Cattle dog mothering a calf on a Montana ranch

Taiga gives the baby calf a little lick.

Usually cows have just one calf each year, but this year two of Carl’s cows gave birth to twins. When cows live in small fields, they can keep track of their twins and raise them both. But on large grazing pastures like Carl’s ranch, the moms can lose track of two separate babies if they start wandering off in different directions and one disappears behind a hill or something.

So Carl and Jack hand-reared two calves this spring, one twin from each mother cow, and they bottle fed each of them a special calf formula twice a day.

Preparing to bottle feed calves on a Montana ranch

The orphan calves are bottle fed a special formula that gets warmed up a bit.

For Carl, bottle feeding a calf is a piece of cake, and he can do it one handed.

Bottle feeding a calf on a ranch in Montana

Bottle feeding a calf is easy, right?

He explained that sometimes an orphan calf can be given to a surrogate mom who just lost her calf for some reason. The easiest way to make the mom accept the baby is to tie the skin of her dead calf across the back of the new adoptee. The mother cow will recognize her calf’s smell and will readily accept the new baby and raise it as her own.

But none of Carl’s cows lost their calves this year, so these little guys were orphans. One had a brown face and one had white patches on its face, and both were very hungry and eager to gulp down their milk.

A calf gets bottle fed on a Montana ranch


Carl asked if we’d like to try bottle feeding the baby calves, and we jumped at the chance. Just like the horse shoeing, though, it was a little more challenging than it looked. The calves were very cute, but towards the end they had milk all over their faces and we had to clean up a bit too!!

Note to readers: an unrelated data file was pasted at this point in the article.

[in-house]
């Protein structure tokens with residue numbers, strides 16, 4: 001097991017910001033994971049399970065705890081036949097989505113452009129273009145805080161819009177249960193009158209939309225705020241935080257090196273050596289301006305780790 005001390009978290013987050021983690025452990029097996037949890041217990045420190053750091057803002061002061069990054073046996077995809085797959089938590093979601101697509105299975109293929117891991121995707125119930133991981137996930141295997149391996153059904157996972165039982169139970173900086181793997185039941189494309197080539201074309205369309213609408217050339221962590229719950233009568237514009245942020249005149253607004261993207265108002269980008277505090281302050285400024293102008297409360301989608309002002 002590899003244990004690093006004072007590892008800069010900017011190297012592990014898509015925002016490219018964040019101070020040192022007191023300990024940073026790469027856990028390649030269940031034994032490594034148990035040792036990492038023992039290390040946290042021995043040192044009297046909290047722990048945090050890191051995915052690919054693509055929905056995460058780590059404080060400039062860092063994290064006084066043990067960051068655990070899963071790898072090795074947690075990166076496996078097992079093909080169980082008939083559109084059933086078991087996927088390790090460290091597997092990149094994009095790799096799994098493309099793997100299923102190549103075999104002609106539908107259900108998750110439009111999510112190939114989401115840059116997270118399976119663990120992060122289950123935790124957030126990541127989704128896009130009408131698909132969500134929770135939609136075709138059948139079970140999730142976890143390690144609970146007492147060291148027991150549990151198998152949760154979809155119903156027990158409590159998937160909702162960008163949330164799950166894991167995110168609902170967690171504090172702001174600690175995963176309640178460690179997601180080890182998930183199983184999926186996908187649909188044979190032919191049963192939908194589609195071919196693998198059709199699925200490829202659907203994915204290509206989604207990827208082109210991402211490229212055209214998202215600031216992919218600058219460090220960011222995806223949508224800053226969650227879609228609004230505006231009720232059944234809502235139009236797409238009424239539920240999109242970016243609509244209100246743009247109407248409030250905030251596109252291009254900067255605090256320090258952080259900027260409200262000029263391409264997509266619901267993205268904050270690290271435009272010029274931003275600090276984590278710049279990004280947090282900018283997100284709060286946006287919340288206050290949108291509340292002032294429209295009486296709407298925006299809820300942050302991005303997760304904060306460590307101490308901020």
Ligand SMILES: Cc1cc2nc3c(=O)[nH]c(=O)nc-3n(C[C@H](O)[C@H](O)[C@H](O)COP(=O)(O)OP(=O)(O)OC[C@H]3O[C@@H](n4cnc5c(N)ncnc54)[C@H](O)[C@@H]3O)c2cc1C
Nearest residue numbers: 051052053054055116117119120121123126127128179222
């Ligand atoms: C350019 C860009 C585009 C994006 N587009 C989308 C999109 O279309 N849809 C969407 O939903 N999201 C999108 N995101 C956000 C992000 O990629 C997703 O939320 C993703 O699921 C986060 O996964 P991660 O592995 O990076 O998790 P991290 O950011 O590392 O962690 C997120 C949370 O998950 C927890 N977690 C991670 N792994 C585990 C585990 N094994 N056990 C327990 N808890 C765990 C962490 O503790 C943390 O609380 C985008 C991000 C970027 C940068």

Bottle feeding a calf on a ranch in Montana


These two little orphans needed special care and couldn’t go through the summer on the ranch without a mom to watch over them, so they needed new homes and went off to an auction while we were there.

Calves at a livestock auction in Missoula Montana

The little calves go to the Livestock Auction.

We hooked up with them at the Livestock Auction in Missoula. We saw a few hogs get sold, and then a blind calf and his mother cow were sold, and then our two little bottle fed calves came up for sale.

Calves at Livestock Auction in Missoula Montana

On to new pastures!

The auctioneer began his wildly fast patter and sang out the virtues of each calf and their weights and starting bids. He continued in a blast of unintelligible chatter until suddenly one was sold and ushered out of the pen. He resumed, and moments later the other was sold and scampered out of the pen too.

Hay bales on a ranch in Montana

From horses to cows and calves, we loved our Montana ranch visit.

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2 thoughts on “A Glimpse of Cowboy Life and Cattle Ranching in Montana

  1. Very nice article regarding the Montana Cattle Ranch.
    This brought back memories from the summer of 2016, as Karen and I both worked as volunteers at the Grant/Kohrs Ranch in Deer Lodge, MT. This is a National Historic site administered by the National Park Service. We worked as volunteers giving interpretive tours of the original Ranch House, and worked in the visitors center. We were provided a space at the Deer Creek RV Park, which was next door to the ranch. I also used my photography skills to help update the photos on their website, and for other purposes.
    Loved our time there. Safe travels to you both… PS. We are going to San Luis in three weeks for our dental care. Your past article re. San Luis was very good. We will try that location this year instead of Algodones……